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From Working Odd Jobs To Building A 6-Figure Law Firm: Inspiring Story Of Dionnie Wynter Pfunde

Photo credit: https://immigrationlawacademy.

 

Dionnie Wynter Pfunde comes from a family of entrepreneurs who always had side hustles. Becoming an entrepreneur was more like a natural course for her but her journey to success did not come easy.

She became a mother at 16 when she had just graduated from high school. She would spend the next six years working various side hustles in the Jamaican tourism industry to finance her college education.

In college, she unexpectedly became pregnant again but decided she was not going to stop college nor allow her pregnancy to delay her ambition of becoming a lawyer. “I decided I wasn’t going to stop. I literally went to final exams in the morning and gave birth that night. A week later, I was back in classes again,” she told Time.

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Combining education, child care, and working odd jobs was challenging for Pfunde. Luckily for her, she had a supportive mother who went the extra mile to ensure that she achieved her dream as an attorney.

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“She gave me everything she had. She always dug into her savings to make sure my tuition was paid. My mother is the hero of my story; if it weren’t for her, I wouldn’t be an entrepreneur today,” she noted.

Despite her mother’s support, Pfunde described law school as a nightmare. She would drop her children off at a local library so she could study. And to pay her bills, she signed up for every social assistance program available, sold furniture and worked at the prosecutor’s office.

She was also a teaching assistant and did anything and everything that was legitimate to do to survive, a culture she said she adopted from her family’s propensity for side hustles.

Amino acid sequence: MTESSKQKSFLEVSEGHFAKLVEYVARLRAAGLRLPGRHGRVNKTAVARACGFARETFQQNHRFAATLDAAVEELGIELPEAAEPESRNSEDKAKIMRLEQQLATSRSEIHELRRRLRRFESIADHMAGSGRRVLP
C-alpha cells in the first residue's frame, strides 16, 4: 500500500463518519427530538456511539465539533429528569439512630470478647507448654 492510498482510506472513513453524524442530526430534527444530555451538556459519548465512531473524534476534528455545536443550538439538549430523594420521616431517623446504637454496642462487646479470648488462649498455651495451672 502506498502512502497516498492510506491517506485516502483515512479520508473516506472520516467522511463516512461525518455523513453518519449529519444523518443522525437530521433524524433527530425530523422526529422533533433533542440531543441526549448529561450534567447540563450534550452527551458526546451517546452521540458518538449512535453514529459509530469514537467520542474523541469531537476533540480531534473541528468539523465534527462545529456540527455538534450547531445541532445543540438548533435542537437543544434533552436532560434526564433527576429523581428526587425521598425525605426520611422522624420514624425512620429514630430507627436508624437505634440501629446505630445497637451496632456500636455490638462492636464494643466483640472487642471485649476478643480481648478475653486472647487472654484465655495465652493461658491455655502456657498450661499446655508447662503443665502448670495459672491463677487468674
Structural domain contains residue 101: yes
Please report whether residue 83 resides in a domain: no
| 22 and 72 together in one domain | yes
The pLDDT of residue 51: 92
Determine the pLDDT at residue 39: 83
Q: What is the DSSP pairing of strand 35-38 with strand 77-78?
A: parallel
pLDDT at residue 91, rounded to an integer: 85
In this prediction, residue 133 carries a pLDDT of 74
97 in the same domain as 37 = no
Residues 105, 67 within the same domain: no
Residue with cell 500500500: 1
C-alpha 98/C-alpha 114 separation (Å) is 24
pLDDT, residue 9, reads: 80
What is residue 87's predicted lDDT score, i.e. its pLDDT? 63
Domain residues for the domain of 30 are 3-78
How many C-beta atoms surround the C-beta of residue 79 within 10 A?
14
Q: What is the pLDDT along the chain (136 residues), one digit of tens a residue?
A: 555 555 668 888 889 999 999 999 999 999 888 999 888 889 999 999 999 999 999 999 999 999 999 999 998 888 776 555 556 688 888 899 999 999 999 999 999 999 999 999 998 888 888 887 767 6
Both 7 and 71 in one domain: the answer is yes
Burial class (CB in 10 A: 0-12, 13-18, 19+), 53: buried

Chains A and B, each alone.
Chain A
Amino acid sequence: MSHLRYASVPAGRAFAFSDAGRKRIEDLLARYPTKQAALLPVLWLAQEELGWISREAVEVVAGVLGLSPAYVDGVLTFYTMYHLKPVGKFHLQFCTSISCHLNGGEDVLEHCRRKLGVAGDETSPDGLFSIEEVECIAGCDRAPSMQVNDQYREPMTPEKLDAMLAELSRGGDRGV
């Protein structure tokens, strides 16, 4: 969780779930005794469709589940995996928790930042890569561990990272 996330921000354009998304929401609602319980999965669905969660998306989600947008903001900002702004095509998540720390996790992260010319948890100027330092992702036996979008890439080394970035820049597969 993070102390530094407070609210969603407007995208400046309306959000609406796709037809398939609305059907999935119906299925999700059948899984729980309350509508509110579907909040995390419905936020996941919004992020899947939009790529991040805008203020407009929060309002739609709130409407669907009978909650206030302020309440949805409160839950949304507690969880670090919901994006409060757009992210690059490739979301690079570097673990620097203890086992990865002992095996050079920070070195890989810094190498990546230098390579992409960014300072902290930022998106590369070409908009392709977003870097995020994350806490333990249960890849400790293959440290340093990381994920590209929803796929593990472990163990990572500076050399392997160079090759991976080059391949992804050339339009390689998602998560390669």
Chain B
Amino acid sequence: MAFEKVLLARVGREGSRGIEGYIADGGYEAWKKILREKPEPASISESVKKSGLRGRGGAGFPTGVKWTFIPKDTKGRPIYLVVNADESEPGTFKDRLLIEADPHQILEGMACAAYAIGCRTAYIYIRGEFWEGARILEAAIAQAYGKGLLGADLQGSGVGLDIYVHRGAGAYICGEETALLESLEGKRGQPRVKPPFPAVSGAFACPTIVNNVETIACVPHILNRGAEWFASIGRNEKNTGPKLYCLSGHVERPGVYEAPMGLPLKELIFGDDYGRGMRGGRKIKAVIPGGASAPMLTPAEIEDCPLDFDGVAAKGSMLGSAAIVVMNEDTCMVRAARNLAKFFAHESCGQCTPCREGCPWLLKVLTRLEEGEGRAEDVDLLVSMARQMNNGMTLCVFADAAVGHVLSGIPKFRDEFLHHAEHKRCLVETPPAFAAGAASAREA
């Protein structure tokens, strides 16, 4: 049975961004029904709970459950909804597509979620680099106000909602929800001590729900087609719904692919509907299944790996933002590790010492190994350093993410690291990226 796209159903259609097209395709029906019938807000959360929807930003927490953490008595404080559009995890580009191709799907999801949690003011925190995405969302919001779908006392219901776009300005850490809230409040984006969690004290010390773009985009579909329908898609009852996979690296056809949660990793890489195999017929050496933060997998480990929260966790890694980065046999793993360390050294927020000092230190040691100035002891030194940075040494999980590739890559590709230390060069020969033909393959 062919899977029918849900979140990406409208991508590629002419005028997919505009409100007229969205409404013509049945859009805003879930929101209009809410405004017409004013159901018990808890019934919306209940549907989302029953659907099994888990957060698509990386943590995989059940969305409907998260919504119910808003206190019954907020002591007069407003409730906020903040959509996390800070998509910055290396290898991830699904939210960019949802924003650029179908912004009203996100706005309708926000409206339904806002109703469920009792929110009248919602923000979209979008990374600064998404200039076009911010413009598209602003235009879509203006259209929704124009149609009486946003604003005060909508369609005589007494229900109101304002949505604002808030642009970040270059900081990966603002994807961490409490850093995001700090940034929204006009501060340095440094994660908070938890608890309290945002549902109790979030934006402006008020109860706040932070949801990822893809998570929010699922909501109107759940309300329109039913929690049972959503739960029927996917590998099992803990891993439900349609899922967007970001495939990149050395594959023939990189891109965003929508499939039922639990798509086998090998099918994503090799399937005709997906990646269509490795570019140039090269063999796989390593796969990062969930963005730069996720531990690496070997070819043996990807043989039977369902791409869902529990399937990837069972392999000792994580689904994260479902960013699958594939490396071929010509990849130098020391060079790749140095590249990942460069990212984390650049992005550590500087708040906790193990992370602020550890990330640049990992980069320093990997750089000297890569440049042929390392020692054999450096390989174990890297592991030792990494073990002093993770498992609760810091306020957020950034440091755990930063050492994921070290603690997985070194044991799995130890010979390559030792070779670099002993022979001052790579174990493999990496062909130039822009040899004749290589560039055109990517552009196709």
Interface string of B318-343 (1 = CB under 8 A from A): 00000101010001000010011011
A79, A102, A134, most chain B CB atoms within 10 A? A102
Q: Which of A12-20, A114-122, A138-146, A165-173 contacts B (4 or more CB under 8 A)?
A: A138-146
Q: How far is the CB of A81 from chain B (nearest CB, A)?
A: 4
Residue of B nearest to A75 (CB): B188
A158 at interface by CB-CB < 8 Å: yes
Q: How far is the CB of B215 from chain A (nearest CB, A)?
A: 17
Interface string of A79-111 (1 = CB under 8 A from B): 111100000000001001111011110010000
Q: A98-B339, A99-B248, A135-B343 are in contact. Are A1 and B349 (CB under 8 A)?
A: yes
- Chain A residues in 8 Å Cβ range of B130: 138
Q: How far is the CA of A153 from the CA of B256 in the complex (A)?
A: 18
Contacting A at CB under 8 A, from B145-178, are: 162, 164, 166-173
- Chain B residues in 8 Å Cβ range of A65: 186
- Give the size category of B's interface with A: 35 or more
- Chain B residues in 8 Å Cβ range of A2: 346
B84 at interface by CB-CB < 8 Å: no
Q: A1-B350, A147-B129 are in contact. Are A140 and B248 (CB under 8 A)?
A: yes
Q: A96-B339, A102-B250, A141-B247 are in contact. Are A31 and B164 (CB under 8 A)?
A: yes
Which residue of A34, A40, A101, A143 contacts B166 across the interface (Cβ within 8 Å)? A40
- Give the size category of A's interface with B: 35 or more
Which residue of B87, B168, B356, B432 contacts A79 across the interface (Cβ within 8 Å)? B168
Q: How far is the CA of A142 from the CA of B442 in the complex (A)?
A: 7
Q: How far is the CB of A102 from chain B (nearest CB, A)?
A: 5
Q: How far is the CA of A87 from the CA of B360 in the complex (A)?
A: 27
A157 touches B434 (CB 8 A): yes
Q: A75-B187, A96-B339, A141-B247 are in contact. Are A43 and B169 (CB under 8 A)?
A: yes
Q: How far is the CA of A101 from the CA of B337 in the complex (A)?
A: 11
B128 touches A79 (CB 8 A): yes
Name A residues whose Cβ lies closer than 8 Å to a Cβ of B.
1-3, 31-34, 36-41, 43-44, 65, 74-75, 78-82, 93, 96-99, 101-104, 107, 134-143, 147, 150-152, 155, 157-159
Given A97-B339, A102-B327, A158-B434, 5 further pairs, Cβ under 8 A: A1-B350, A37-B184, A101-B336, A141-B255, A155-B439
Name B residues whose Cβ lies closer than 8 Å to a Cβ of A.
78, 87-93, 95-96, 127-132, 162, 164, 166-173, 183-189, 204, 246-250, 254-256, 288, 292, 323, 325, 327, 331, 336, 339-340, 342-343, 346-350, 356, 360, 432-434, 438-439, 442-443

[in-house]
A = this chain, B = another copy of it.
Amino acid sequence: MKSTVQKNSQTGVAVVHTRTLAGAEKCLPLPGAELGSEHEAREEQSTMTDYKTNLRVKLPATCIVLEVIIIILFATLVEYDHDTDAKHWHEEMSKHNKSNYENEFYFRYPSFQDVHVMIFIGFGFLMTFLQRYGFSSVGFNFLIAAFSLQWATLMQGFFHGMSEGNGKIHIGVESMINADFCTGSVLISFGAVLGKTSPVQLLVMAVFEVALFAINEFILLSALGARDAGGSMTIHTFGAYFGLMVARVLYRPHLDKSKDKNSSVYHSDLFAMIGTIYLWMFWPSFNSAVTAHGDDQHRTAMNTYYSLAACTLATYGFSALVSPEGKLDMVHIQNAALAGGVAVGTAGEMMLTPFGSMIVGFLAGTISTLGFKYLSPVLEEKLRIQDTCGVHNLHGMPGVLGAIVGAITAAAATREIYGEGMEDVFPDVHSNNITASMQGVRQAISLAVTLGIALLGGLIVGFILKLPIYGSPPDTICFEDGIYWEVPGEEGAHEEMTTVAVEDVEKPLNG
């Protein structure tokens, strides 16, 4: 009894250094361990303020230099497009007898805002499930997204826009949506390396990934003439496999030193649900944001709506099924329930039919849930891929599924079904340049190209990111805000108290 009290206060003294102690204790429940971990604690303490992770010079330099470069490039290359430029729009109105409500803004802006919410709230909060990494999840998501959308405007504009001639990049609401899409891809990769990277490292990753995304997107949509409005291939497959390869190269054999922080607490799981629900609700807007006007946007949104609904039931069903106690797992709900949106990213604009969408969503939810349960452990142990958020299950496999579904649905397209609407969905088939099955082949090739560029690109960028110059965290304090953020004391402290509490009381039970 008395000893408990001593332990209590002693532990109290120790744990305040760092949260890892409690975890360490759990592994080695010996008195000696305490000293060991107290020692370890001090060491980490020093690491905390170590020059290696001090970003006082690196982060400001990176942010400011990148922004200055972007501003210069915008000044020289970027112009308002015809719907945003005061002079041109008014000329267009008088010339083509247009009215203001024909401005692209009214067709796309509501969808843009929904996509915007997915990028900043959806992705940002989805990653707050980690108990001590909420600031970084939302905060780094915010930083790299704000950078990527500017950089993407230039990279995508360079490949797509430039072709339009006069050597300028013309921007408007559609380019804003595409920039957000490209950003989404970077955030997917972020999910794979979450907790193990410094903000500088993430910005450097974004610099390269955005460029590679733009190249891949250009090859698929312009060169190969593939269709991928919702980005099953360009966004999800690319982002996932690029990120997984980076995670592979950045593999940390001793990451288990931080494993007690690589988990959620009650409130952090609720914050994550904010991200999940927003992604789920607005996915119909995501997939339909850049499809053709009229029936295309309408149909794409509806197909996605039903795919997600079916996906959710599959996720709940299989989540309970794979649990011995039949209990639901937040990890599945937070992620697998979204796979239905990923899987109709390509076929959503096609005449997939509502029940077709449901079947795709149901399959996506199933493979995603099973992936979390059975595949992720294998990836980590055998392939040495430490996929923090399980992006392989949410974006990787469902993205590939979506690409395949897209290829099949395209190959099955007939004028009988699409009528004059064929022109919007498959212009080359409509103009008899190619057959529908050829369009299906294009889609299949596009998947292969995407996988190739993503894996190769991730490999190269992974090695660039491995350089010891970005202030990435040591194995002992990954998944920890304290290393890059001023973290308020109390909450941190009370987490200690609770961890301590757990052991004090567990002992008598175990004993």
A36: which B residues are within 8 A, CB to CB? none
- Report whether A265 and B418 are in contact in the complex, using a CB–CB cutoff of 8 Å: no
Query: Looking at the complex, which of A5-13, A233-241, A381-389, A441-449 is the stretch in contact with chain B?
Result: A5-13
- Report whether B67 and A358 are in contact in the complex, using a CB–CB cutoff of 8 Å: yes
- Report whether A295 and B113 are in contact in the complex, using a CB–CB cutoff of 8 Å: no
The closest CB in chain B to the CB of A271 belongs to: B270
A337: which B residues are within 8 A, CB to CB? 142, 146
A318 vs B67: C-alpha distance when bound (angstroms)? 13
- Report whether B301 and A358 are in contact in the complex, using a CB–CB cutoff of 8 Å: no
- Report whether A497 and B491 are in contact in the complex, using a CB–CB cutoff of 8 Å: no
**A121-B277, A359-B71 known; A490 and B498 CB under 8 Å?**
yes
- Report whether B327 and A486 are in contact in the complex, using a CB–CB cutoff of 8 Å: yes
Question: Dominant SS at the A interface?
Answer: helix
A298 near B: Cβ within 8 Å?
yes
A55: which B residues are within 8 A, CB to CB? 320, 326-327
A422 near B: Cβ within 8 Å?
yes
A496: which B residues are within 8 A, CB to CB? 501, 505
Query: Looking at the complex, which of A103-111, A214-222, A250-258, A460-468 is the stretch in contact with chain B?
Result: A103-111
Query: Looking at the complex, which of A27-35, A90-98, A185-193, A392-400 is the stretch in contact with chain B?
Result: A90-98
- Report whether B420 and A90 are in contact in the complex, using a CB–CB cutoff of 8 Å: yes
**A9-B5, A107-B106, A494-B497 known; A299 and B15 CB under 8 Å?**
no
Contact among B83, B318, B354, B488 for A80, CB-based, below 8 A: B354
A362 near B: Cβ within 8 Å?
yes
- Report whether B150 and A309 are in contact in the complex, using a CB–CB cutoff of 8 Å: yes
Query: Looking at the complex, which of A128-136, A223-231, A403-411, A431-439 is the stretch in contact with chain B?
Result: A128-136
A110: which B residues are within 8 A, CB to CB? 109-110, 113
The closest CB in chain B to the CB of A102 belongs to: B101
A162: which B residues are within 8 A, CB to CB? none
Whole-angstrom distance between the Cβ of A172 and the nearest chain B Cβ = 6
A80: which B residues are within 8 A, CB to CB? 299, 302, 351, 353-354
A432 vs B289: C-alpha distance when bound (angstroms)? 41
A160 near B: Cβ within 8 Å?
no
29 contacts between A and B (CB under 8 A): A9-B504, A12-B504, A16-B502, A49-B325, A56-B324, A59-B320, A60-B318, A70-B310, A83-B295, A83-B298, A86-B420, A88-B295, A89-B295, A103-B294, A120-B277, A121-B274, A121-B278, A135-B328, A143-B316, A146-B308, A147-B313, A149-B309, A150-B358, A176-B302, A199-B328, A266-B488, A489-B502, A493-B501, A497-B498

Today, she is the founder of Wynter Immigration Law, a Tampa-based law firm “helping immigrants navigate the path to United States citizenship”. What is more, she has one contract attorney, three paralegals, a legal assistant, a fractional CMO, and a P.R. person.

In addition to her law firm, she has created Wynter Immigration Law Academy, an online training program for immigration lawyers who would like to know how to start a thriving law practice.

Managing these businesses helps Pfunde to make multiple six-figure months and corporate contracts, she told Time. From a difficult background, she prides herself on creating financial independence for her family.

Also, she was able to give back to her mother for all the times she stood by her before she died. “Not everyone is going to choose you, and that’s okay,” she said. “Understand your value. I absolutely enjoy the freedom my business now gives me.”

Pfunde comes from Jamaica and migrated to the U.S. before her 21st birthday with a big dream of becoming a lawyer and establishing her own law firm, a feat she has accomplished.

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Written by How Africa News

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